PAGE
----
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Having lived aboard a sailboat for several years, Migael Scherer had never before raced over water. So when an invitation came to join a six-person crew on a race, she said yes. Three years prior, Scherer's life had almost ended in a violent, near-fatal rape; the race becomes a personal voyage of recovery. She addresses the wonders and horrors, beauty and dangers of both the natural and “civilized” world. Throughout, she keeps an account of the race and its intricacies with the knowledge of a seasoned sailor and ...
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Having lived aboard a sailboat for several years, Migael Scherer had never before raced over water. So when an invitation came to join a six-person crew on a race, she said yes. Three years prior, Scherer's life had almost ended in a violent, near-fatal rape; the race becomes a personal voyage of recovery. She addresses the wonders and horrors, beauty and dangers of both the natural and “civilized” world. Throughout, she keeps an account of the race and its intricacies with the knowledge of a seasoned sailor and the freshness of a novice racer. Photographs and her story illuminate Scherer's successful struggle to recapture her love of life.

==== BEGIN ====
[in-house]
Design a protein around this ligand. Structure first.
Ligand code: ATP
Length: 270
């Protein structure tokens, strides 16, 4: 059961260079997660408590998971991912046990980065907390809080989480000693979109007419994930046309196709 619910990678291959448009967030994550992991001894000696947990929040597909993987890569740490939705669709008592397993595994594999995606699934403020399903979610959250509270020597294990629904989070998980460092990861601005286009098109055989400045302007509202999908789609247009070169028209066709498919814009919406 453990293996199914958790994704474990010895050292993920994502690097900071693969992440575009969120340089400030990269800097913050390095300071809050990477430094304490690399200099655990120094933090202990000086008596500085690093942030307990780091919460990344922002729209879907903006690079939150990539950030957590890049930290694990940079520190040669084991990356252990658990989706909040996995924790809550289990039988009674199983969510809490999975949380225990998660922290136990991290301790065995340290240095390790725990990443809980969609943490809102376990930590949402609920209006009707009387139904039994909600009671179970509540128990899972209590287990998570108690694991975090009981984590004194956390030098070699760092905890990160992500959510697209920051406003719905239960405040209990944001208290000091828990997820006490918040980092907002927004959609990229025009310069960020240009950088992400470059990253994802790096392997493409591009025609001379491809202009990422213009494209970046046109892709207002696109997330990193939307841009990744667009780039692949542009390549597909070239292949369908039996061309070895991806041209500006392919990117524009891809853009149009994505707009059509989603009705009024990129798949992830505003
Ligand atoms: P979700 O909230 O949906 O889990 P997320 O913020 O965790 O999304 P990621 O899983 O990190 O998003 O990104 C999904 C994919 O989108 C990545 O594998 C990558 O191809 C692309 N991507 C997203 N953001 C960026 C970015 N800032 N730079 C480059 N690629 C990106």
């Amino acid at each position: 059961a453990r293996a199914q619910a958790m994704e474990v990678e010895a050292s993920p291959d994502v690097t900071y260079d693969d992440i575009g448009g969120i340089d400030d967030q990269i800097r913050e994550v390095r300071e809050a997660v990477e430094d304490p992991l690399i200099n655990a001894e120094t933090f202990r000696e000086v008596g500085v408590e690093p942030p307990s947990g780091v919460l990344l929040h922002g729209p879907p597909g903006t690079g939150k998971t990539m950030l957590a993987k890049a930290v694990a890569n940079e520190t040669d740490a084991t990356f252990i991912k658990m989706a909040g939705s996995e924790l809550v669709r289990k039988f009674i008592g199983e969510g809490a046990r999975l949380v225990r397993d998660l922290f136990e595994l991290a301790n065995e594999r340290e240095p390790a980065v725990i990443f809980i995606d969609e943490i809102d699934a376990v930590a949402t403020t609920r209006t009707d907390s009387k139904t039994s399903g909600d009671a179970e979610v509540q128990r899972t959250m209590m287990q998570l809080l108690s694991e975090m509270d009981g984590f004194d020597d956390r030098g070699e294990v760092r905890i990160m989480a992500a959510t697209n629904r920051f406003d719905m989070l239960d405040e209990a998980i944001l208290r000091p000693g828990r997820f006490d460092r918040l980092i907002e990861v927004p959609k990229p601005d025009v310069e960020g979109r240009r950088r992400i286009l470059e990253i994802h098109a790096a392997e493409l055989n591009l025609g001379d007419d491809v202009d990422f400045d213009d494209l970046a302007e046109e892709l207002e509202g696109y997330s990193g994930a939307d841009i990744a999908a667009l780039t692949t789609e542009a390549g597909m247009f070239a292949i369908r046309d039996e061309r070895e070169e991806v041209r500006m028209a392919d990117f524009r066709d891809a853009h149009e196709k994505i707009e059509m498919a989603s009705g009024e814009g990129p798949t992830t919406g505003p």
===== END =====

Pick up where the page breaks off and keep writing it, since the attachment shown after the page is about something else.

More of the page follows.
Raven entered my life through gifts.
First there was the sweatshirt, a present from my older
sister on my thirty-sixth birthday. Turquoise blue, the
color of glacier ice. On the front, a black raven painted in
the graceful ovoids and swelling outlines of Alaska Native
art: chest out, wings spread, tail fanned, head in profile.
Surrounded by a thin black circle, with painted feathers
"An eagle!" I said with pleasure when I unwrapped it.
"A raven," she corrected, pleased that I liked it. "The
I looked at the emblem more closely. Ravens were so
common in Alaska that I'd pretty much overlooked them.
I watched as she traced the soft contours that seemed to
flow from one into the other, explaining how an eagle's
beak would be more strongly hooked in Alaska Native art.
When I put the shirt on, the raven covered my chest like
I wanted to save the sweatshirt for good, to wear it only
on occasions that passed for dress up among us marina
liveaboards in Juneau, but it didn't take long for it to
join my everyday wardrobe. In the photo album of those
four years Paul and I lived in Alaska, I appear again and
again in that turquoise sweatshirt. At first I'm cooking,
or crowded with friends around the galley table, grinning
with them over a platter of salmon steaks. A few pages
later there I am, kneeling on deck, bending over a bucket-load
of Dungeness crab, orange rubber gloves on, ready to